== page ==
|Grip style: Vardon (overlapping)||Hand Position: Weak||Putting grip style / hand position: Reverse overlap / neutral
Corey Pavin’s grip puts him in rare but legendary company.
The “Gritty Little Bruin” from UCLA holds the golf club in a decidedly weak fashion. While a very small percentage of 21st century pros share Pavin’s style – Kevin Stadler and Pablo Larrazabal among them – it should look familiar to anyone who’s studied the great Ben Hogan. (And legions of golfers, teachers and tour pros have studied Ben Hogan.)
Pavin’s left hand is rotated so far to his left, the wrist actually bows toward the target at address. This contrasts starkly with the cupped wrist of strong grippers. Pavin’s right hand is closer to neutral, with the “V” (where thumb meets index finger) aligned approximately with the club’s shaft.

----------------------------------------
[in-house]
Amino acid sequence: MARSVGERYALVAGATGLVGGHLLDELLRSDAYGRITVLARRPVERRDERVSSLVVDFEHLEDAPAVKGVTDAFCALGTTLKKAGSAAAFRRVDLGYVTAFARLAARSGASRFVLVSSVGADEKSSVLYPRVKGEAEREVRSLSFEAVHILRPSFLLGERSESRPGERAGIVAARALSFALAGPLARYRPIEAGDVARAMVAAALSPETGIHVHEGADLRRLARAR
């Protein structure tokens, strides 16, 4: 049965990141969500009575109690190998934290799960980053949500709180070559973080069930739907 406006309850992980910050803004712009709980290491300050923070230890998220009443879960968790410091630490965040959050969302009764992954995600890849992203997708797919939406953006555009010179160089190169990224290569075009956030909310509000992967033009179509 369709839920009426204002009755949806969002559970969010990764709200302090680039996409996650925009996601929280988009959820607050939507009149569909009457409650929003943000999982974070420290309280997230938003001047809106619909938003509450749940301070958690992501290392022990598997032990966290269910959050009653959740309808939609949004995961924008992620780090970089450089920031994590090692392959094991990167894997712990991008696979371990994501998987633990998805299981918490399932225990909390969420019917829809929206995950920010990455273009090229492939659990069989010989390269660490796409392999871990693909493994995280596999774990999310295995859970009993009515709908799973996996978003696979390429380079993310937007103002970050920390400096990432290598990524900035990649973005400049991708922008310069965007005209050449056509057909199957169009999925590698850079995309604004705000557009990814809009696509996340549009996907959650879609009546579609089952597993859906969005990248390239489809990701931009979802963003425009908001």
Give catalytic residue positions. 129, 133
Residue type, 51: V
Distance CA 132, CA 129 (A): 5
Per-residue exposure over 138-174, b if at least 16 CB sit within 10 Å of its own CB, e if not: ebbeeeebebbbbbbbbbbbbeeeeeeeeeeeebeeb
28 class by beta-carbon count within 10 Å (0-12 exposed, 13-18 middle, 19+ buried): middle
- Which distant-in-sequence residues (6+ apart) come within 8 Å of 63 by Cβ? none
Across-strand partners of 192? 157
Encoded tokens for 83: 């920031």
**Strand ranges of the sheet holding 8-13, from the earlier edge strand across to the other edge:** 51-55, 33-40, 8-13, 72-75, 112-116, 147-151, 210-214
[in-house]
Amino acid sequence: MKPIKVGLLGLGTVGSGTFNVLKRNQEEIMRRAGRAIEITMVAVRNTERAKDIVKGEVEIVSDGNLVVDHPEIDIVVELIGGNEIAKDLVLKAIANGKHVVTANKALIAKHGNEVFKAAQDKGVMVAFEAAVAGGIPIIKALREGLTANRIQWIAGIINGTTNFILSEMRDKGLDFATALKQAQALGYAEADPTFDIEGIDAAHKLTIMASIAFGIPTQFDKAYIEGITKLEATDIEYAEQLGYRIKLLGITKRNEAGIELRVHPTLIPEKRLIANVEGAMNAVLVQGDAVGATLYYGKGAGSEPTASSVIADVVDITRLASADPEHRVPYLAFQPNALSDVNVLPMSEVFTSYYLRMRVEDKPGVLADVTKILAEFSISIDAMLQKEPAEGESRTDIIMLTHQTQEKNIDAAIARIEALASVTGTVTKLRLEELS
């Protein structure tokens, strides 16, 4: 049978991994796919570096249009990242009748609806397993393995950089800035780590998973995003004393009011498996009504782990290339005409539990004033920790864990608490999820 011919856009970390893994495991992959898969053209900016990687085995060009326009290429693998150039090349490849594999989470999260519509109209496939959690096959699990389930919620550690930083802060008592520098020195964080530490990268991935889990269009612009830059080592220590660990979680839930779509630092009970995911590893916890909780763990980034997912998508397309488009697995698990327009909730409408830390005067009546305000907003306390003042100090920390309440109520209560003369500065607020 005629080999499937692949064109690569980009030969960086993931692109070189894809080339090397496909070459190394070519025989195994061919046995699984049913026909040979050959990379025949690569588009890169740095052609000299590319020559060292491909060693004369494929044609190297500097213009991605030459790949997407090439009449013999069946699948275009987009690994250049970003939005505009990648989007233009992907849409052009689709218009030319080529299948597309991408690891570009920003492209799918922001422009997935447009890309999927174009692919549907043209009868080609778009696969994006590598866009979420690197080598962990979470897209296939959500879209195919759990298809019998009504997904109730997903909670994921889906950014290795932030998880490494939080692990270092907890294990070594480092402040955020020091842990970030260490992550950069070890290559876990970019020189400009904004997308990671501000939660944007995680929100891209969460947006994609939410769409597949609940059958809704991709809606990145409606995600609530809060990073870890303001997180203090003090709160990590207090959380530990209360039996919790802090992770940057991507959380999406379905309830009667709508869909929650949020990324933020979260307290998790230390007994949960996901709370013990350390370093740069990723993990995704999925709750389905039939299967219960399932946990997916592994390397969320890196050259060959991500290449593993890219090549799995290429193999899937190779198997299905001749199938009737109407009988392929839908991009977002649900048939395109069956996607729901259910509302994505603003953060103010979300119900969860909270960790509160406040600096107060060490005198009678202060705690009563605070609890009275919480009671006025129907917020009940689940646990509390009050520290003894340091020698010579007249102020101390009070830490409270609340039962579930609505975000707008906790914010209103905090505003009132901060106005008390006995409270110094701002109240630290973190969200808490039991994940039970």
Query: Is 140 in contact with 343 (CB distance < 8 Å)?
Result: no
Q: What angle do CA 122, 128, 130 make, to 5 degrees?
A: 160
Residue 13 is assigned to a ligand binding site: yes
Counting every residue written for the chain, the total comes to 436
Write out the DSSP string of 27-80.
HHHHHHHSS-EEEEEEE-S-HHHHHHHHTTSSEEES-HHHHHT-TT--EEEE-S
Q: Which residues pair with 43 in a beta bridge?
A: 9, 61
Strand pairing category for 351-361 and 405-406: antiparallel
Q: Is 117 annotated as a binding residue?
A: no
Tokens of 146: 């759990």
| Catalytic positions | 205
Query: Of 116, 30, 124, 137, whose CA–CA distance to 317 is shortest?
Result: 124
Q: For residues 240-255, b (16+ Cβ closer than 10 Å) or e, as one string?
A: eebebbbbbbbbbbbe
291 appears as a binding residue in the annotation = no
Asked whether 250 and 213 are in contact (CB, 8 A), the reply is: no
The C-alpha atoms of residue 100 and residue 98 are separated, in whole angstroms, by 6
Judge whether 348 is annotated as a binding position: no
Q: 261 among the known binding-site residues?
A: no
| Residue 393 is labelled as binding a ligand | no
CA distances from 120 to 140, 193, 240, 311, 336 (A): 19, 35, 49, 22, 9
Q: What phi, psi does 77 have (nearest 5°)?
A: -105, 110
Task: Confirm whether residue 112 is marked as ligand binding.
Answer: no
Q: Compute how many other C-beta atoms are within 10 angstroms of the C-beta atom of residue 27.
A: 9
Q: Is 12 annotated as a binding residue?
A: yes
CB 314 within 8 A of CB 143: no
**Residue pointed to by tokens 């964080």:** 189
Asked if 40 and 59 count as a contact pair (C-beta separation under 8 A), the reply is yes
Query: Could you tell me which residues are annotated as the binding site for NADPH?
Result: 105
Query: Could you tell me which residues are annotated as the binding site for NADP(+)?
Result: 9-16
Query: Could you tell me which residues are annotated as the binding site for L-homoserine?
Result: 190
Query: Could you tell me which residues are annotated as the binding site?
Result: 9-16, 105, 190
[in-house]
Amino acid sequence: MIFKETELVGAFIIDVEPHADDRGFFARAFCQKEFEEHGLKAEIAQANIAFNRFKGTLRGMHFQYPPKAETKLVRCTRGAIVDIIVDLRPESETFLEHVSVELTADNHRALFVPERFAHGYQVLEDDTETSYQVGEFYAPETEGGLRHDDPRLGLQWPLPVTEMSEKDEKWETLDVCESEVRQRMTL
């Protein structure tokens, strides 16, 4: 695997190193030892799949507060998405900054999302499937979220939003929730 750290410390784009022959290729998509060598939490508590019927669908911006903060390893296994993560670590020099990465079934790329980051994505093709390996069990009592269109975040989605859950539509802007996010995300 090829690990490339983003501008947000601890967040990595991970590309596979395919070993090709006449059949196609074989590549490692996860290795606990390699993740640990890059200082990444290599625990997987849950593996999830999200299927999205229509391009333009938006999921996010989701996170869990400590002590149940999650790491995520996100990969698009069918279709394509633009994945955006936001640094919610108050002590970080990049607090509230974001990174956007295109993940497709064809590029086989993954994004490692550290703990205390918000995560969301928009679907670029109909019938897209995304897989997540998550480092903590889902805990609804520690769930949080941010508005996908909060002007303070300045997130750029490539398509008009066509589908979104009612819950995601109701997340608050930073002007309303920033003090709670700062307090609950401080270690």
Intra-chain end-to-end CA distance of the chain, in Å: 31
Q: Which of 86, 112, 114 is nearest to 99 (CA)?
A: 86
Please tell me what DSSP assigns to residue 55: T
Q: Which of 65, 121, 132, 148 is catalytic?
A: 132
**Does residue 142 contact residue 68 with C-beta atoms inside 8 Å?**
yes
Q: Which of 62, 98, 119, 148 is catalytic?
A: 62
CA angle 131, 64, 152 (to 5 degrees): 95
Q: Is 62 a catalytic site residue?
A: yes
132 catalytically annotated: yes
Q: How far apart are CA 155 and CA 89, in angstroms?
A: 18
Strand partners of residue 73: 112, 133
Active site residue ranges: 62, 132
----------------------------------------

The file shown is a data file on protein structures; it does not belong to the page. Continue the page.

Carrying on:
What’s amazing about Pavin’s grip is that he stuck with it for so long. Weighing just 155 pounds (if that), Pavin has spent his career watching other pros drive the ball 20, 30 and even 50 yards past him on a regular basis. A stronger grip might have closed the gap, at least a little.
Then again, a grip change might have cost Pavin some of his accuracy and remarkable shotmaking ability. Who’s going to argue with 15 PGA TOUR wins, including the 1995 U.S. Open?
His putting certainly didn’t hurt. Corey Pavin’s grip with his trusty Bulls Eye putter is a variation on his full-swing hold. His left hand is weak, but the right hand is in a strong position – turned well to the right, with the palm somewhat underneath the handle.
Another oddity: Pavin places his left thumb not on the club’s grip, but on top of the fingers on his right hand. Hey, the “Gritty Little Bruin” has always done things his own way.